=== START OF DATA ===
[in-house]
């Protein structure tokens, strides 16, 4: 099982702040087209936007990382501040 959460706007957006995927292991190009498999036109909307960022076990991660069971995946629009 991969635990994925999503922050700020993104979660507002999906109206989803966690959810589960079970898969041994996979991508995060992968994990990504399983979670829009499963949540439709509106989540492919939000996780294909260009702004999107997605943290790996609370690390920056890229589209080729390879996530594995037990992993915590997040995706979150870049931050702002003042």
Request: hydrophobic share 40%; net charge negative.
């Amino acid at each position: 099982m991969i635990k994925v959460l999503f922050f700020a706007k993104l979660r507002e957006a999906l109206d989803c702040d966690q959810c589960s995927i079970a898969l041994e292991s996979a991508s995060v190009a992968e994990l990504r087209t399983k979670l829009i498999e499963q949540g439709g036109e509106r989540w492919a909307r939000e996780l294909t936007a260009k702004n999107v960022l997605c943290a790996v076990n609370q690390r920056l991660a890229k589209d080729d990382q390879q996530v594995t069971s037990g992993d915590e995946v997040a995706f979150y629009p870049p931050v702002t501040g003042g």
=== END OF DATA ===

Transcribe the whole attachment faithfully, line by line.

[in-house]
């Protein structure tokens, strides 16, 4: 099982702040087209936007990382501040 959460706007957006995927292991190009498999036109909307960022076990991660069971995946629009 991969635990994925999503922050700020993104979660507002999906109206989803966690959810589960079970898969041994996979991508995060992968994990990504399983979670829009499963949540439709509106989540492919939000996780294909260009702004999107997605943290790996609370690390920056890229589209080729390879996530594995037990992993915590997040995706979150870049931050702002003042």
Request: hydrophobic share 40%; net charge negative.
């Amino acid at each position: 099982m991969i635990k994925v959460l999503f922050f700020a706007k993104l979660r507002e957006a999906l109206d989803c702040d966690q959810c589960s995927i079970a898969l041994e292991s996979a991508s995060v190009a992968e994990l990504r087209t399983k979670l829009i498999e499963q949540g439709g036109e509106r989540w492919a909307r939000e996780l294909t936007a260009k702004n999107v960022l997605c943290a790996v076990n609370q690390r920056l991660a890229k589209d080729d990382q390879q996530v594995t069971s037990g992993d915590e995946v997040a995706f979150y629009p870049p931050v702002t501040g003042g």